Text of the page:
Patsy confessed to having 'a past', but offered few details beyond recalling the wrong people she had hung out with for many years in many parts of the country. In answer to my question she acknowledged having been to jail, but always for misdemeanor things like public drunkenness. No felonies. With a small motion of her hand she declined to say whose jails she had seen. Unimportant detail.

Friday was her day off, from both her jobs. She works at a Walgreen's and also at one of the fast food outlets. Got her own place now, and I had the impression that might have been a landmark in her history. She is laying low and saving her money to make another move, as she has a sister in Newport News, Virginia, who is watching for a suitable job for her. That could be the place where she will dig in and stay.

At last she has found a guy who will stay with her and look after her; something she always knew she needed Ė a real special guy, and because of him she is happy about her future. When I asked about her special guy, she told me I had misunderstood her. Not a guy, at all, she explained. Patsy was talking about God.

Patsy finally made the six inch step up from the driveway to the level where the tables were, and it put her just about even with me, as I sat with my coffee. And for the last few minutes of this encounter she made eye contact now and then. She stood with her hands in the pockets of those terrible silk shorts and spoke as if she were telling me secrets.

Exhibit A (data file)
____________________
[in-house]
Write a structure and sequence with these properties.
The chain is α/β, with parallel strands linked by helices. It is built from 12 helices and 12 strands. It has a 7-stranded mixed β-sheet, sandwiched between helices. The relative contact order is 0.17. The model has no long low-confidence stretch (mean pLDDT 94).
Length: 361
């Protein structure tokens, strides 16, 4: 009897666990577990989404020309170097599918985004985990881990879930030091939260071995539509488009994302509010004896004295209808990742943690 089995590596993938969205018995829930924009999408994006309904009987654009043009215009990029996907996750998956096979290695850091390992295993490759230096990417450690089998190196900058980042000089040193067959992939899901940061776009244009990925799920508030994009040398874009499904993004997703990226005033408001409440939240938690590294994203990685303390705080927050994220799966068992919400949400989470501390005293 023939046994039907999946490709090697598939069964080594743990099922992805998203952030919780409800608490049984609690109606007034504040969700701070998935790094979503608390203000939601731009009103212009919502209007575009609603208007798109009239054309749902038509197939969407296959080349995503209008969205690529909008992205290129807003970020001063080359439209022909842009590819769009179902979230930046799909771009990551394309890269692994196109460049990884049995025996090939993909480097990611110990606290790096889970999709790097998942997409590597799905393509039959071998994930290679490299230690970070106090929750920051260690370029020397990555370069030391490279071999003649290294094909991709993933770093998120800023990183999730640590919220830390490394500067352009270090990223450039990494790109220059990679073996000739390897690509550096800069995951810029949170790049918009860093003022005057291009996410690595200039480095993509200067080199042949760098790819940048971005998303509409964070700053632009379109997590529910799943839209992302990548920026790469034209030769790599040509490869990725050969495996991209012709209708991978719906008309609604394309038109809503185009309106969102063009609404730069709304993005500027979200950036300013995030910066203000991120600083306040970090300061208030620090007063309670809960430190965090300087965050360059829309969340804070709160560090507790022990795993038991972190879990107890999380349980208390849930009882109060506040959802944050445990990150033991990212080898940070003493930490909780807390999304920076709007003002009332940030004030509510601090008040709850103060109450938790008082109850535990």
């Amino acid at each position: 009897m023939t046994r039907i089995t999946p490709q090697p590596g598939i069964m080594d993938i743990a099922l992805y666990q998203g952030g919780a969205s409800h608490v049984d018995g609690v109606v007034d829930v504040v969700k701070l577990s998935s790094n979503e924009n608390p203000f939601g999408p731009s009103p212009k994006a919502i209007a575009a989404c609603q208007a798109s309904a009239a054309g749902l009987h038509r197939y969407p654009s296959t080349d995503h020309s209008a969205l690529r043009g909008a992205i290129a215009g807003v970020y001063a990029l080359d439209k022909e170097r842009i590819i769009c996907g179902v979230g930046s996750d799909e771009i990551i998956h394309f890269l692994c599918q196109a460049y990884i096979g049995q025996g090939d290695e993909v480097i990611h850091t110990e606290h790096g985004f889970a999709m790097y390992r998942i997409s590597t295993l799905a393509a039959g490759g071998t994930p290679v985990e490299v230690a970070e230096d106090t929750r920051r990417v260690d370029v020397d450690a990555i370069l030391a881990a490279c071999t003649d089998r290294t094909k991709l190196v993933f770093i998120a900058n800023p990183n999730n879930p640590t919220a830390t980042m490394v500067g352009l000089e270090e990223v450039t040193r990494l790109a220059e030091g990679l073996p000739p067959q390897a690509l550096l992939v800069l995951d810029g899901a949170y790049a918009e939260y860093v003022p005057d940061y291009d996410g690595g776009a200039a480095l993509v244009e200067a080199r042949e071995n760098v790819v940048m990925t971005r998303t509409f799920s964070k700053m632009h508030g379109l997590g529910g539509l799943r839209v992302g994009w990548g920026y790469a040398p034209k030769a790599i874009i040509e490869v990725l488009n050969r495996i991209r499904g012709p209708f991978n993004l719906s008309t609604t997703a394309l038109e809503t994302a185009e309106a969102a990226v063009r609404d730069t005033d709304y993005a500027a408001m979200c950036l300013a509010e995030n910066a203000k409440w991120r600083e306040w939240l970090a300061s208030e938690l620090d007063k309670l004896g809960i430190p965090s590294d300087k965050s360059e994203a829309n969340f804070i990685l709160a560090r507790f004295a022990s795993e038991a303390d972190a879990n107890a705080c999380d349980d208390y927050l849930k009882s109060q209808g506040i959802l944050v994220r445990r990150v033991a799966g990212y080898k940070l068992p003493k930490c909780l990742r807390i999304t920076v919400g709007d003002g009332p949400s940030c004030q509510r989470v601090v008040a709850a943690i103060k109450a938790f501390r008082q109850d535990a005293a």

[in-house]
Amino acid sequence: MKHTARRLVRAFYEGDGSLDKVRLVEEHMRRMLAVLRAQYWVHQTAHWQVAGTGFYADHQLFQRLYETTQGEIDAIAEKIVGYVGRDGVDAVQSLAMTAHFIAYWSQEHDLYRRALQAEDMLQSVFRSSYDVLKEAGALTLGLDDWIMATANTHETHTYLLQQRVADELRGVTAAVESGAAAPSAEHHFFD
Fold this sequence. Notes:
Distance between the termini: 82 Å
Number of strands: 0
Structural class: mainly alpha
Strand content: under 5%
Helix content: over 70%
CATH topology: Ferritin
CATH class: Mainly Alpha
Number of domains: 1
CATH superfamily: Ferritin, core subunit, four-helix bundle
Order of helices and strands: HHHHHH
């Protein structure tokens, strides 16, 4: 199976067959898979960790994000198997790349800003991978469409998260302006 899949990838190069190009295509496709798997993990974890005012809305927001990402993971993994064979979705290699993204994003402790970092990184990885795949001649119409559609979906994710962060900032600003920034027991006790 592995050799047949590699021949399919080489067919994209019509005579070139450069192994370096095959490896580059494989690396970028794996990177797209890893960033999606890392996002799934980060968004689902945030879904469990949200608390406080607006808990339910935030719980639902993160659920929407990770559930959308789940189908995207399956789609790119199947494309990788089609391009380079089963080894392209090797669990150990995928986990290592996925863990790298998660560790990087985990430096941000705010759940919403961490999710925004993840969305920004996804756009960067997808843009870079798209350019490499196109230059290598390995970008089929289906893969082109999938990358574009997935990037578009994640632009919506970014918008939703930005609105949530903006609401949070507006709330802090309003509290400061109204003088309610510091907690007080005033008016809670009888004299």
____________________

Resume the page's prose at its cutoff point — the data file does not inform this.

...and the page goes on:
I've heard people tell me of finding God, and I think that's what the old tent revival meetings were all about. Patsy did not see it like that. She said God had found her; that he could not go to the places where she was going, but that he was right there when she finally came out. They had made some sort of bargain on that first day and had been together ever since. He promised her that she would never have to look for him again, because he would always be there, and he was. Her guy.

She went on to explain all the ways by which God led her and looked after her and kept her out of trouble. There was no doubt in her mind that this part of her life was now taken care of, permanently. It was obvious to me that she had approached my table because she had wanted to tell her story to someone, and it was equally obvious that there was no one else. Two days before Christmas and she had no one, but she was not complaining. Patsy was full of God, just as surely as she had once been full of other things.